To celebrate, the husband has two additional harnesses on order from Macomber to bring the total loom harness count to six!

Silly me, I thought they had these things in inventory, I did not realize they were made to order and usually take six to eight weeks to ship.

So, while I continue to wait for the loom upgrade, I decided to spoil myself a little.

First off, I bought a cute little cross-body bag in a bright color.  It was cheerful and fun. Fortunately, it is big enough to carry all my stuff and so easy to wear!

Secondly, I tend to cycle through my obsessions over time.  I will enter a reading phase and do nothing but read for several weeks.  

Then, I will transition into a knitting/needlepoint/cross-stitch/weaving chapter, which may last a year or two.  

Lastly and least often, I will hit an intense writing phase wherein I constantly have pen and paper in hand. I say intense, as I will wake up at one in the morning, get out of bed, and write until almost dawn.

In the last few years, the knitting has carried over into the other activities, as I have been able to knit rather continuously.

As the writing muse has been elusive for a very long while, I am not completely surprised to find the itch has begun to return.

Normally, I am not temperamental about when and under what conditions I write. If the story is dynamic and pulsating, I could sit in the middle of Grand Central Station with a pencil and a stack of brown paper bags to write on with no problem; however, more often than not, it is the feel of a nice pen on thick, smooth paper, which carries the story along.

I could absolutely type, but as a crap editor of my own work, transcribing from paper to computer forces me to edit, at least once.

Thus, my birthday was a decent excuse to find a refillable journal to carry along with me.

This is what I found:

It is the Fillion Tri-fold from Little Mountain Bindery. It uses Moleskine Cahier-sized journals, but it came equipped with similarly sized Piccadilly Pocket Memos from Barnes & Nobel (which are currently on sale at 3 for $2.99!!!!). 

After watching a tutorial video from Little Mountain Bindery, I have on order Patricia's Trifold Pocket with Magnetic Closure and a set of book connectors, not to mention a Moleskine weekly planner to slip in there, too.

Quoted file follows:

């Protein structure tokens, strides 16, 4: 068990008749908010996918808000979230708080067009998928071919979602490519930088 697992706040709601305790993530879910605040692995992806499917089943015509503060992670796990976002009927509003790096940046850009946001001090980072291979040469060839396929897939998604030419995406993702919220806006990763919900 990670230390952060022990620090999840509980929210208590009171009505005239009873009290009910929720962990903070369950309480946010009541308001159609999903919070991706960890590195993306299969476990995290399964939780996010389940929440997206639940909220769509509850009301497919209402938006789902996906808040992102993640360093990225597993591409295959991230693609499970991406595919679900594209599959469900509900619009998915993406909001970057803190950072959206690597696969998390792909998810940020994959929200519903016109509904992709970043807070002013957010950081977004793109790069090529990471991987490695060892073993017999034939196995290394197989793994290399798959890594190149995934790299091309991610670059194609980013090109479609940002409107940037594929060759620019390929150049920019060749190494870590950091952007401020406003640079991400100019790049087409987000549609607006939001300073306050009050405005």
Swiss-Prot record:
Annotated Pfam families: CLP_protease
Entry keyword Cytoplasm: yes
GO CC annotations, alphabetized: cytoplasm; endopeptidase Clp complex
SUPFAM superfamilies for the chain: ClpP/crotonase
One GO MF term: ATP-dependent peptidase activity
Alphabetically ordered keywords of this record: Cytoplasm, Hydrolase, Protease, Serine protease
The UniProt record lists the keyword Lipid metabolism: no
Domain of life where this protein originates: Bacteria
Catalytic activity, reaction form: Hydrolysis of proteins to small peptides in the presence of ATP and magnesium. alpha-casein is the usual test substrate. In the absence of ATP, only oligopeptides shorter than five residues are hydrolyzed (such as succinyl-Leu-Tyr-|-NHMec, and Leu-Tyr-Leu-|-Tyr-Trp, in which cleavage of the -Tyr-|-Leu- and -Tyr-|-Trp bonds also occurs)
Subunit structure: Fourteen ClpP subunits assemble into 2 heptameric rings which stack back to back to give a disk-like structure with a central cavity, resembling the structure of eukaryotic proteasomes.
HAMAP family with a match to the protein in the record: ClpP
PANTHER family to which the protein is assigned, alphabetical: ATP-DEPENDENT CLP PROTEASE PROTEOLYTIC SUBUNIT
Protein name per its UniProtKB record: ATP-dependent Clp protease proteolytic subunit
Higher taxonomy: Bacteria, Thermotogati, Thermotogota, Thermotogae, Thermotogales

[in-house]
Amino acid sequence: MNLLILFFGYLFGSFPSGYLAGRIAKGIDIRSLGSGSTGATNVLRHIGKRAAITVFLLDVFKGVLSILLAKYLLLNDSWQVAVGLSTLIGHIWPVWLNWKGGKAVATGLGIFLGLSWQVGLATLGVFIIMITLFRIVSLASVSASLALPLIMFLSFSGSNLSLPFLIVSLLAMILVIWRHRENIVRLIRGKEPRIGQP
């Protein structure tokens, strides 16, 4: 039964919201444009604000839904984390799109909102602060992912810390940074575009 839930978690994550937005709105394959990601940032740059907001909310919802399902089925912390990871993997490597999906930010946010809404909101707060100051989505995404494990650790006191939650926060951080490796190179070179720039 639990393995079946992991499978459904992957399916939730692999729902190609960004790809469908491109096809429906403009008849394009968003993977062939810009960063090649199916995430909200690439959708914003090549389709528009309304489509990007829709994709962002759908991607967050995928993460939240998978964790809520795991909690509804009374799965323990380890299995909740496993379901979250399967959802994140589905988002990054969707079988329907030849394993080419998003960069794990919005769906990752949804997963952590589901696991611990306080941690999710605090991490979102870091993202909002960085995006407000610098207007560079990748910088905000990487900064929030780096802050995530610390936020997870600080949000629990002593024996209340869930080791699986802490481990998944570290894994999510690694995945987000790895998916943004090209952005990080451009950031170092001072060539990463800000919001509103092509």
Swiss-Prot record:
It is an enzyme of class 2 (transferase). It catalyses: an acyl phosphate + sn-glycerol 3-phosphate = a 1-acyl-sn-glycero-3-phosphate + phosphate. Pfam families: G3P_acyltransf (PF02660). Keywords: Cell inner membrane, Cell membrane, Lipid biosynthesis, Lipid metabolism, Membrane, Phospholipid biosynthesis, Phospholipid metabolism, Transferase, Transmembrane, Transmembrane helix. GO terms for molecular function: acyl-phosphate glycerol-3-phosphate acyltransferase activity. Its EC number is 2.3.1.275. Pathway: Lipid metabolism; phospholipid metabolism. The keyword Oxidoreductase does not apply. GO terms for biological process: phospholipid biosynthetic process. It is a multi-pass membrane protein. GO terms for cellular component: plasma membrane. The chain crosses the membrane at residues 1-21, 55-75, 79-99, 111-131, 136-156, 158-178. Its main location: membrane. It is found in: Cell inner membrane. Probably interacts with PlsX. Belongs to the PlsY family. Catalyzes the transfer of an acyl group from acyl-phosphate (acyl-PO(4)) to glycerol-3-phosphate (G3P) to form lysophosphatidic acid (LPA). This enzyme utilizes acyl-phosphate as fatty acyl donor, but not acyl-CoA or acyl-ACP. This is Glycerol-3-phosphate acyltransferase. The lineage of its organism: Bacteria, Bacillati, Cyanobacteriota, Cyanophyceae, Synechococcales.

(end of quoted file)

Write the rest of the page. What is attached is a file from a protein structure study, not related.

It came with two leather bookmarks to which I added a couple of charms.

The one on the right was attached to a package from a dear, sweet friend of mine.

The one on left is the tag from the dog collar I have hanging in my office. It belonged to my faithful Remy, the Standard Poodle I lost to lymphome on September 22 of last year.

Even though we have a house full of delightful dogs, my heart still aches for my Remy. In fact, last night, Bane was causing a ruckus in the other room and without thinking, I called out "Remy," instead of "Bane." It kind of shocked me, but the heart and the mind are funny things.

Initially, I had no idea how to attach them, but after a few failed attempts, I remembered how to tie on a fishing hook and used that method.  Success!

Off to use and enjoy the new journal purchase!

Anyone care to share their indulgent "to me, for me, from me" purchases?

Saturday, June 18, 2016

Every so often

Things work out better than originally planned.

Back in January, I pulled a piece of test fabric off the LeClerc 36" floor loom I had. I wanted to see how different weights of wool (fingering, sport, dk, and worsted) worked as weft with some Brassard 8/2 Cotolin warp.

At the time, I was thinking of making a skirt from the test fabric; however, I never wear wool skirts, and I never got around to doing anything with the fabric, other than occasionally petting it.

While surfing Pinterest yesterday afternoon, I came across a picture tutorial for a Hobo bag.

I thought it was cute, and it looked easy enough. Then, I thought my woven fabric would be perfect, if I could find something to put on the bottom of it.  Honestly, I did not relish the thought of sewing a bag from handwoven fabric and just sitting it on the ground.

A quick stash dive brought up some remnant denim, and I was off and running.

After a couple of hours, I had a pattern (I wanted a bigger bag) to which I added extra seam allowances and quickly cut out the outside fabric, as well as the lining.